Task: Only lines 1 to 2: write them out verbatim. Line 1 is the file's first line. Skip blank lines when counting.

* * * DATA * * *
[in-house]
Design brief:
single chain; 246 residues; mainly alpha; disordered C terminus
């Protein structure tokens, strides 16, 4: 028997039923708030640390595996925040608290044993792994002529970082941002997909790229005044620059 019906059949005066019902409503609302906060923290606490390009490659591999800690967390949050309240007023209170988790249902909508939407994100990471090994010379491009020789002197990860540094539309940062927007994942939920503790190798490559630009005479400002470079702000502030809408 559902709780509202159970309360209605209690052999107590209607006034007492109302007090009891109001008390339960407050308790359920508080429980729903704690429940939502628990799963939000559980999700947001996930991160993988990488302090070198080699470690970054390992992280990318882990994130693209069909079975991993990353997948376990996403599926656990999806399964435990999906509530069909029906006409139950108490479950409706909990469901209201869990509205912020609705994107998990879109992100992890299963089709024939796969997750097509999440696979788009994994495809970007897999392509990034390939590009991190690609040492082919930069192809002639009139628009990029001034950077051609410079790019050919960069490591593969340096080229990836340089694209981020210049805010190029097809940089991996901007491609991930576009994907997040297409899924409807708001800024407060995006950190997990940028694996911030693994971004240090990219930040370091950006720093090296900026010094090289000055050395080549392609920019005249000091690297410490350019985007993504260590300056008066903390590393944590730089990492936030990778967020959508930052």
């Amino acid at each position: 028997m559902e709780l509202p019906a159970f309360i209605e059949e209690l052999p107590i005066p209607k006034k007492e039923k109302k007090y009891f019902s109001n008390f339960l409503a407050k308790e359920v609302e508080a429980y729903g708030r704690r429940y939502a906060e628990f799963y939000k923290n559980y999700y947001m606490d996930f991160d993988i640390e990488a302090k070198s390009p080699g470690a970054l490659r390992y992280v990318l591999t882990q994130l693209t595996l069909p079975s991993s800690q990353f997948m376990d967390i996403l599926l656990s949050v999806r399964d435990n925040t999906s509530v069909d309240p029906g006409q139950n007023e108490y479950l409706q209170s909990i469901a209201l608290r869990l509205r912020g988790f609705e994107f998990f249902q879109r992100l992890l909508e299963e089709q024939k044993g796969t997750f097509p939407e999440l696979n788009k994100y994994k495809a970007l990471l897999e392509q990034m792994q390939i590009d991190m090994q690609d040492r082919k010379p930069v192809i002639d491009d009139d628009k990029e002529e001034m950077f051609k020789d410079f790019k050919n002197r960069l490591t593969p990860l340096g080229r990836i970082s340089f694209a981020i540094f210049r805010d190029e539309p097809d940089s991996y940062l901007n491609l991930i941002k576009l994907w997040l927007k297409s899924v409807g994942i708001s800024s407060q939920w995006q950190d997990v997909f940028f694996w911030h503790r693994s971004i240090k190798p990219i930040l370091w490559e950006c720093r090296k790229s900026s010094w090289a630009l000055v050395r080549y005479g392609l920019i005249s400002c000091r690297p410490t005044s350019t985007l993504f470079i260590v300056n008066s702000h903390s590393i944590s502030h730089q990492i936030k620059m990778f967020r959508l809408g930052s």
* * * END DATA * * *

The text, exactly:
[in-house]
Design brief: